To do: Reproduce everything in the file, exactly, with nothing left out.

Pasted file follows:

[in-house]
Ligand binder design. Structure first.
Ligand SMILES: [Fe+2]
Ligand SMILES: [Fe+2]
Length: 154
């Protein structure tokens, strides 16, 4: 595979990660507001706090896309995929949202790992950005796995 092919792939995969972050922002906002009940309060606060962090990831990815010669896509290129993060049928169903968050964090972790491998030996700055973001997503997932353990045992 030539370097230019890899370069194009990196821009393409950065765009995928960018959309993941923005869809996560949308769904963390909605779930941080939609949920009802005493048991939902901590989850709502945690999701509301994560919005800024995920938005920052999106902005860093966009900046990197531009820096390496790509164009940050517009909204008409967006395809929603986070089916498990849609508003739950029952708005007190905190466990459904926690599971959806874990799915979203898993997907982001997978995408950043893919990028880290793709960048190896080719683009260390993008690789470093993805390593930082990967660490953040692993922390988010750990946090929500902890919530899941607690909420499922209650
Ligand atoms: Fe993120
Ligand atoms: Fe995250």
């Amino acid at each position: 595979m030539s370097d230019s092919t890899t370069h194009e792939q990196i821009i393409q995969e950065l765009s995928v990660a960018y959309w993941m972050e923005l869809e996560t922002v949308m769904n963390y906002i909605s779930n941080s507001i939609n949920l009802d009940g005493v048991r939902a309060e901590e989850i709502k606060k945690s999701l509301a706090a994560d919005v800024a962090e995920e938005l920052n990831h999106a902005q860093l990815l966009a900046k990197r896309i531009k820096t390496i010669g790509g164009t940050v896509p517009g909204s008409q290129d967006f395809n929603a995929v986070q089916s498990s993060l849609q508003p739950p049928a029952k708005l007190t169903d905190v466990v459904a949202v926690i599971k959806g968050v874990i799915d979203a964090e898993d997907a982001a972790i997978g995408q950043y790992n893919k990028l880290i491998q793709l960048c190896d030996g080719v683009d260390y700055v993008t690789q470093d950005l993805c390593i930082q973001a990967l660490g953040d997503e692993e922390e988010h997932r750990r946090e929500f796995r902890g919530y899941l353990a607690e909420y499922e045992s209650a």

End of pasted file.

[in-house]
Ligand binder design. Structure first.
Ligand SMILES: [Fe+2]
Ligand SMILES: [Fe+2]
Length: 154
């Protein structure tokens, strides 16, 4: 595979990660507001706090896309995929949202790992950005796995 092919792939995969972050922002906002009940309060606060962090990831990815010669896509290129993060049928169903968050964090972790491998030996700055973001997503997932353990045992 030539370097230019890899370069194009990196821009393409950065765009995928960018959309993941923005869809996560949308769904963390909605779930941080939609949920009802005493048991939902901590989850709502945690999701509301994560919005800024995920938005920052999106902005860093966009900046990197531009820096390496790509164009940050517009909204008409967006395809929603986070089916498990849609508003739950029952708005007190905190466990459904926690599971959806874990799915979203898993997907982001997978995408950043893919990028880290793709960048190896080719683009260390993008690789470093993805390593930082990967660490953040692993922390988010750990946090929500902890919530899941607690909420499922209650
Ligand atoms: Fe993120
Ligand atoms: Fe995250």
């Amino acid at each position: 595979m030539s370097d230019s092919t890899t370069h194009e792939q990196i821009i393409q995969e950065l765009s995928v990660a960018y959309w993941m972050e923005l869809e996560t922002v949308m769904n963390y906002i909605s779930n941080s507001i939609n949920l009802d009940g005493v048991r939902a309060e901590e989850i709502k606060k945690s999701l509301a706090a994560d919005v800024a962090e995920e938005l920052n990831h999106a902005q860093l990815l966009a900046k990197r896309i531009k820096t390496i010669g790509g164009t940050v896509p517009g909204s008409q290129d967006f395809n929603a995929v986070q089916s498990s993060l849609q508003p739950p049928a029952k708005l007190t169903d905190v466990v459904a949202v926690i599971k959806g968050v874990i799915d979203a964090e898993d997907a982001a972790i997978g995408q950043y790992n893919k990028l880290i491998q793709l960048c190896d030996g080719v683009d260390y700055v993008t690789q470093d950005l993805c390593i930082q973001a990967l660490g953040d997503e692993e922390e988010h997932r750990r946090e929500f796995r902890g919530y899941l353990a607690e909420y499922e045992s209650a």